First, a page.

Welcome to John Henry Petroleumadmin2016-01-13T22:17:51+00:00
Welcome to John Henry Petroleum
John Henry Petroleum (JHP) is an independent exploration and production company that applies 3-D seismic imaging, deviated and horizontal well drilling applications as well as other advanced technologies to systematically explore and develop oil and natural gas opportunities in the United States and abroad. Since 1995, JHP has stood as a forward-looking energy company. JHP identifies and secures opportunities early. Technology is the cornerstone of JHP’s business strategy. It underpins the search for oil and natural gas and it stimulates innovation. By being prepared to take prudent risks and by applying technology in innovative ways, JHP maximizes the value of our properties by increasing production and reserves while controlling cost.
JHP’s data acquisition approach has generated significant growth in net proved reserves and net production volumes. JHP will continue to monetize this value through the focused drilling of the highest-grade locations in its prospect inventory as well as through the sales of interests in certain prospects.
Oklahoma’s SCOOP and STACK oil plays … Some of the best rock seen anywhere!
Traveling through Oklahoma’s stratigraphy, one can stumble over as many as 7,500 formations. “Most have names; in some cases, several,” the Oklahoma Geological Survey explains in an oil and gas FAQ page. The abundance of nomenclature is the result of many factors, the OGS adds, including simply that, at times, “geologists may disagree.”The state also hosts more than 3,000 field designations. To simplify, strat-trippers can cheat down to the 300 formations that have had 10 or more well completions. Among them is the Woodford Shale, which Newfield Exploration Co. proved commercial from fracked horizontals beginning in 2005 where the pay is gassy in the Arkoma Basin of southeastern Oklahoma. Read the full article at here at oilandgasinvestors.com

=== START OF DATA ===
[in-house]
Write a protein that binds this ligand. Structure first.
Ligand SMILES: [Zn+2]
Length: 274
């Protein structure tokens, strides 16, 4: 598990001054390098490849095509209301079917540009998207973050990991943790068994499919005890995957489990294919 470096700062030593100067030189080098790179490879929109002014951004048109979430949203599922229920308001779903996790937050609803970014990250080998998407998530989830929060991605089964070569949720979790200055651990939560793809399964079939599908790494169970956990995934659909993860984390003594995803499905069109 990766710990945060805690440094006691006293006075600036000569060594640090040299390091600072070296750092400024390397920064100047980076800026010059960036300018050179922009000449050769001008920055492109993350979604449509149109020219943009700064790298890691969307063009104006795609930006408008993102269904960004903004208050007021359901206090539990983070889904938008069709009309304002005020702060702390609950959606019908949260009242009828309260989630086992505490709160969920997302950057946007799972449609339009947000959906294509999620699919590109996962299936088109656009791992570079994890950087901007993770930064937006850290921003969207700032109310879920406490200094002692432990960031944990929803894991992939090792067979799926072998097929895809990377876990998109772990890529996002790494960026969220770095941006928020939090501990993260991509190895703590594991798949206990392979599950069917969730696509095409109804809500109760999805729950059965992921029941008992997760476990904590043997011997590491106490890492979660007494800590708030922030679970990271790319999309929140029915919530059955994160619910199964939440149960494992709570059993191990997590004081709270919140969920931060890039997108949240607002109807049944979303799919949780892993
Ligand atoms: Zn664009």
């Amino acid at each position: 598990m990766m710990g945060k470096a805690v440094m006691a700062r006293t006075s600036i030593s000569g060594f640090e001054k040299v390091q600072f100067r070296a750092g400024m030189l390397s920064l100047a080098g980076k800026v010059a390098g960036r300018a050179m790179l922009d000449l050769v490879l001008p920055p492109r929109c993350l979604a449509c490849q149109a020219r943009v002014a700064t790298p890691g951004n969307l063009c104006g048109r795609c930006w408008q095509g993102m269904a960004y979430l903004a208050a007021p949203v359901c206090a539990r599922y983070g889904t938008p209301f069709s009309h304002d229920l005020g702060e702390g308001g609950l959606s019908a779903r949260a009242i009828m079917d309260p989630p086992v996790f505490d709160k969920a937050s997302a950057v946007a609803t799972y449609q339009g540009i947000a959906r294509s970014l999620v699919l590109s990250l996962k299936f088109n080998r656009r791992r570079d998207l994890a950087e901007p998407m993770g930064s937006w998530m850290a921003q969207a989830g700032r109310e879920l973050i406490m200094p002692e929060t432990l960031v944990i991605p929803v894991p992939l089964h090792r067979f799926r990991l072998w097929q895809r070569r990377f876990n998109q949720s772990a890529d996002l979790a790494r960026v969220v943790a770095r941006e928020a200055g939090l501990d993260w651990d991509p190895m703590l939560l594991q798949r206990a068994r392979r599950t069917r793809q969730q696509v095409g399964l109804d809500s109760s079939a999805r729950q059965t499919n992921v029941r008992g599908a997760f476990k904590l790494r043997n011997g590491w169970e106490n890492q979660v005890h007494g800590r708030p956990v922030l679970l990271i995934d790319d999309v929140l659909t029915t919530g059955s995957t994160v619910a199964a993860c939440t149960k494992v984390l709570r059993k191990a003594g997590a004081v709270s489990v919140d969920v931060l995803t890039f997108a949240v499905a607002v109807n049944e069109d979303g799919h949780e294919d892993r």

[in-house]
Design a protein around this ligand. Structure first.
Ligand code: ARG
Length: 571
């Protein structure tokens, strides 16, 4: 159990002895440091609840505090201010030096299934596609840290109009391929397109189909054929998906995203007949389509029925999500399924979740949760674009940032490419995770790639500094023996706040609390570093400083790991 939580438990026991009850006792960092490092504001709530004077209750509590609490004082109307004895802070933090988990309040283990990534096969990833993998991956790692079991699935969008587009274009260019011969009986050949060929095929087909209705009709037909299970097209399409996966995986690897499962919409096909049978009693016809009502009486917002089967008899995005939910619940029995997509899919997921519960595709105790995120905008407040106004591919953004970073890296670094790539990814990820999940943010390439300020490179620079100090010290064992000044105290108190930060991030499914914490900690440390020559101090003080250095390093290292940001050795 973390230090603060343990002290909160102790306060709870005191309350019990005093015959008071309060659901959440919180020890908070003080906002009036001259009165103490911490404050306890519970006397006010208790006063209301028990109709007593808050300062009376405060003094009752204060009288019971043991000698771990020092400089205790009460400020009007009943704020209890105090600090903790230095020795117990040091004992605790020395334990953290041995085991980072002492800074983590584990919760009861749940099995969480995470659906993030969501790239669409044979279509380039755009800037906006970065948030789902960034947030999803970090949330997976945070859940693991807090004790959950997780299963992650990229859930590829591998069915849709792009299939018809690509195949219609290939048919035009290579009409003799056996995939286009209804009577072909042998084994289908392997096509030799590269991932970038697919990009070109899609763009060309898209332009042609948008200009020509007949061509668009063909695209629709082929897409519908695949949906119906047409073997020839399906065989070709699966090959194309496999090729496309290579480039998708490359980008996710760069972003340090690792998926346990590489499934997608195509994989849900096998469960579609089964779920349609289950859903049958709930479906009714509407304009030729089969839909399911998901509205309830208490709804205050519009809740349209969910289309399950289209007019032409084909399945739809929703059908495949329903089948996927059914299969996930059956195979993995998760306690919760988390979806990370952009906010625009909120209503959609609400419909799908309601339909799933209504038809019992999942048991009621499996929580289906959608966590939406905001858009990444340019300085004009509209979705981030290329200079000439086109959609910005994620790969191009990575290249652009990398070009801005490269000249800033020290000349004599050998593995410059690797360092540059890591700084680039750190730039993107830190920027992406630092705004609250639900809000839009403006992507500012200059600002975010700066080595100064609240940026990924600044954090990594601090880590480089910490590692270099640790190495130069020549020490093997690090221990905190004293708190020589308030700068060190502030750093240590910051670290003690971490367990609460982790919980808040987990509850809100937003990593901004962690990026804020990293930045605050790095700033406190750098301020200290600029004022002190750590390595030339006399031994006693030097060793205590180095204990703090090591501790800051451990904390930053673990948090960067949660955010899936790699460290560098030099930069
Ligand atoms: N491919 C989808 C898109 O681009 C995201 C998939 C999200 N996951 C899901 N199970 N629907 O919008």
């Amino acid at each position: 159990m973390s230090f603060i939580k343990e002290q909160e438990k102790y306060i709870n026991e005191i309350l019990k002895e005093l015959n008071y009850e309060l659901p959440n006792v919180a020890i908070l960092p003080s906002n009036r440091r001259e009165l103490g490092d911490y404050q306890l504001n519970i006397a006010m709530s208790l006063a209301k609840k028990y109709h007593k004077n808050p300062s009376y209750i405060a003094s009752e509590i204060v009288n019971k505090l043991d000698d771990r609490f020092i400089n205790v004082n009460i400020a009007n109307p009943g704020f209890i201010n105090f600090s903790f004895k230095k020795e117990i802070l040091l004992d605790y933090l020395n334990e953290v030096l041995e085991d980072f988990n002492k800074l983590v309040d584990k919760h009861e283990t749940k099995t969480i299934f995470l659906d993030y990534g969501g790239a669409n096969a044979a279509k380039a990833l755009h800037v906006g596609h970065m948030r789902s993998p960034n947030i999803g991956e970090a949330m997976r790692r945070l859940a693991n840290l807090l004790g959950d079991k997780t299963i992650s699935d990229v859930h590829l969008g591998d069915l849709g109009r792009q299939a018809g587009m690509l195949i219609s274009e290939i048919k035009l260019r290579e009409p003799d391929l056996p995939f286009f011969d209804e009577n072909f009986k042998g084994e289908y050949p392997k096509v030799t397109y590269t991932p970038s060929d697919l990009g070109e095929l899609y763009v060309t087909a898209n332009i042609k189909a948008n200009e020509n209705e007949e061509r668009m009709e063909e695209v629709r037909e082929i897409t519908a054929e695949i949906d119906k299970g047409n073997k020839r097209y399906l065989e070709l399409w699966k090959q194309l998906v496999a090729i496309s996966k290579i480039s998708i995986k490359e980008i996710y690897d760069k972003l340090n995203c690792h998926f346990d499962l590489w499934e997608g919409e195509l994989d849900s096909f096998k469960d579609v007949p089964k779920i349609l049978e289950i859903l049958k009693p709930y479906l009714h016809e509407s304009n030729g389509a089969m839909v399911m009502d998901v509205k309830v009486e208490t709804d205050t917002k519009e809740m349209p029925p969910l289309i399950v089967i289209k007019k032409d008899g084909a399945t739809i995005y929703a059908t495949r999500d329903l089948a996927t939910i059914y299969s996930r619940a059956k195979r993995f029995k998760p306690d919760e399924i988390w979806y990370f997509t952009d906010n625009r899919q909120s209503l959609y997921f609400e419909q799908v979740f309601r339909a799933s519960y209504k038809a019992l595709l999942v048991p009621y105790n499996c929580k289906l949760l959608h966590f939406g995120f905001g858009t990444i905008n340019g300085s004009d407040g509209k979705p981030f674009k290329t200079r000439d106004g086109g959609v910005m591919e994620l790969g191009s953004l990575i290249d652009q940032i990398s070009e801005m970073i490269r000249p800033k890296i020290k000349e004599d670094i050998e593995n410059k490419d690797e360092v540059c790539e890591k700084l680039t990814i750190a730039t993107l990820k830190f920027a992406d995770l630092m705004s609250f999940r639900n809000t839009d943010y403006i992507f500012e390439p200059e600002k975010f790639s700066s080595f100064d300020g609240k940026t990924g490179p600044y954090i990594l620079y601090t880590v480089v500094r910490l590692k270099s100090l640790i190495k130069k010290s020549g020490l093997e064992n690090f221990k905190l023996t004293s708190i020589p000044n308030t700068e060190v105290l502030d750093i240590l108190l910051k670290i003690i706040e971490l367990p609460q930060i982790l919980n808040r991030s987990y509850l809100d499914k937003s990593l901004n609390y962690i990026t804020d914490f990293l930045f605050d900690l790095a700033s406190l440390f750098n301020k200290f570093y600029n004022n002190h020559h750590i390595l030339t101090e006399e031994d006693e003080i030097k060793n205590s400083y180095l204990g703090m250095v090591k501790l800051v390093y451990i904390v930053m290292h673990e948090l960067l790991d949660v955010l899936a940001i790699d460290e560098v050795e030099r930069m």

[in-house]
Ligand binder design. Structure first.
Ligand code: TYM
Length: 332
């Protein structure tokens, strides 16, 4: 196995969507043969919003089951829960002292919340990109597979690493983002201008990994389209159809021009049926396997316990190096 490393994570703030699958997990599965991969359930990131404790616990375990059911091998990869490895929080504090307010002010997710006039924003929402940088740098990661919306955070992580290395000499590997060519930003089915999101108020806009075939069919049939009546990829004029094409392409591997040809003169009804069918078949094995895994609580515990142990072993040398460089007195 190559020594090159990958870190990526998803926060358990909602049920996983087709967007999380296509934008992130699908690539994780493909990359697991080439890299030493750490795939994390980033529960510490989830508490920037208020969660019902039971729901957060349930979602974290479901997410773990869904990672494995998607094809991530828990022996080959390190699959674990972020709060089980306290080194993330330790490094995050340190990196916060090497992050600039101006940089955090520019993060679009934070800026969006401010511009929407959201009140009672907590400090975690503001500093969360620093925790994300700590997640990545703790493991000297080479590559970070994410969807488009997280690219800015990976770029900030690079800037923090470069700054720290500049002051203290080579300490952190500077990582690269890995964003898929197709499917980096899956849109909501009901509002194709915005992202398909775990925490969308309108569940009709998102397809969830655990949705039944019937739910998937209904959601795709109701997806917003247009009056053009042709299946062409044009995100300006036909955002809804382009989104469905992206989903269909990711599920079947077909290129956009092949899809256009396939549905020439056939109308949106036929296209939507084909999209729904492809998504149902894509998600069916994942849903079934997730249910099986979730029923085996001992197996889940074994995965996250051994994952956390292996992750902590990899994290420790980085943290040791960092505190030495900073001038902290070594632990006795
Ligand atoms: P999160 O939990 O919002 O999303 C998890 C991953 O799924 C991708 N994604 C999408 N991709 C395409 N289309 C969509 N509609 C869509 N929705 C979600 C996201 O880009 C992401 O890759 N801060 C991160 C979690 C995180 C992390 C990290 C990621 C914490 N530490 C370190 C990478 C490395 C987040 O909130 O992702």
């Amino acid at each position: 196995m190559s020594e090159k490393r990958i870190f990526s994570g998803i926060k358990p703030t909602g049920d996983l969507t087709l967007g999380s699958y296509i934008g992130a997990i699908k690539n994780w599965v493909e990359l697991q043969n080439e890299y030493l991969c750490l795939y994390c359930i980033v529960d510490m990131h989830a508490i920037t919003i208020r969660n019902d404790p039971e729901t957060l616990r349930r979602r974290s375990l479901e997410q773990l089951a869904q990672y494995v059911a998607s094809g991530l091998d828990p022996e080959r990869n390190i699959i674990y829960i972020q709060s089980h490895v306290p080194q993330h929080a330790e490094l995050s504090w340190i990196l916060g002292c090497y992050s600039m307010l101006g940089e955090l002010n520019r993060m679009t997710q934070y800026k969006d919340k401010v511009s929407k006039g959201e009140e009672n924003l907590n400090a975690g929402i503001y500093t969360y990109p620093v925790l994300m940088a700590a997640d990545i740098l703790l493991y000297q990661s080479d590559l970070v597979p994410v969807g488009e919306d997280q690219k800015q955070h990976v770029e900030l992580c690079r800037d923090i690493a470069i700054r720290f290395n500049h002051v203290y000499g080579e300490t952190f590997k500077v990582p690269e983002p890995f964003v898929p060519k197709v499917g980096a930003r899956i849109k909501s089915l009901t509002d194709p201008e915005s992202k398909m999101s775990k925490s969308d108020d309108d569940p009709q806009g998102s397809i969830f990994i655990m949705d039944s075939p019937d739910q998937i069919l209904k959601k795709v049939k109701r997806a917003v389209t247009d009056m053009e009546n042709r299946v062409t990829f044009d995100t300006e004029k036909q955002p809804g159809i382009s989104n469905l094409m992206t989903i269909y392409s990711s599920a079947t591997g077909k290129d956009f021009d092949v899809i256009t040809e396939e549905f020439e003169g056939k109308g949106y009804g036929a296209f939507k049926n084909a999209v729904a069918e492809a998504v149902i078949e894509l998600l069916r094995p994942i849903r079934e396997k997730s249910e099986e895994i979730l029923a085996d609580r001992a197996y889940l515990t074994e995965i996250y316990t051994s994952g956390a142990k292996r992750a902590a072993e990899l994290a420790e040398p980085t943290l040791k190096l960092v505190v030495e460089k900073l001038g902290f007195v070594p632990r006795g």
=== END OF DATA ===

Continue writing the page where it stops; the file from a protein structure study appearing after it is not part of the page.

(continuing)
Salt Domes and How They Form?
A salt dome is a mound or column of salt that has risen toward the surface because it has a density that is lower than the rock above it. The salt behaves like a stream of high-viscosity oil ascending in slow motion through a thick layer of water above. In the illustration above, the purple rock unit (Js) was originally a layer of salt. Now you can see several columns of salt penetrating the overlying rock units in their rise to the surface, and several small mounds that might develop into columns over time…continue reading